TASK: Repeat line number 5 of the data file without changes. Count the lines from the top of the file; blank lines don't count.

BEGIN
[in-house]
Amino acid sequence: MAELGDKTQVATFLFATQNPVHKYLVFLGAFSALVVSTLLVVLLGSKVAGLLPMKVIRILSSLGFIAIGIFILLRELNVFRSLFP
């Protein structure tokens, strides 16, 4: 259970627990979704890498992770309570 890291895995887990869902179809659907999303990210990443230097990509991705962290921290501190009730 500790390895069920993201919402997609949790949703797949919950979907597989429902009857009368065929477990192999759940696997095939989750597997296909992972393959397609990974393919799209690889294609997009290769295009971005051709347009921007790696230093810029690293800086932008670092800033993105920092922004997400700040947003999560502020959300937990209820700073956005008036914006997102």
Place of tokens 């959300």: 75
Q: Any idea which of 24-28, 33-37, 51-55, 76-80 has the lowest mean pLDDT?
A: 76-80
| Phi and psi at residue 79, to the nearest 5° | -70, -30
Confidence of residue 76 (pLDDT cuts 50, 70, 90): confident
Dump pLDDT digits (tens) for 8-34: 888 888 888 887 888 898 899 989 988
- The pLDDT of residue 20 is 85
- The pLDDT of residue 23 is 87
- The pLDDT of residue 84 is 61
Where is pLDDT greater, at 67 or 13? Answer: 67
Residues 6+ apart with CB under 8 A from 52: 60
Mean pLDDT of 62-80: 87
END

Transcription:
Q: Any idea which of 24-28, 33-37, 51-55, 76-80 has the lowest mean pLDDT?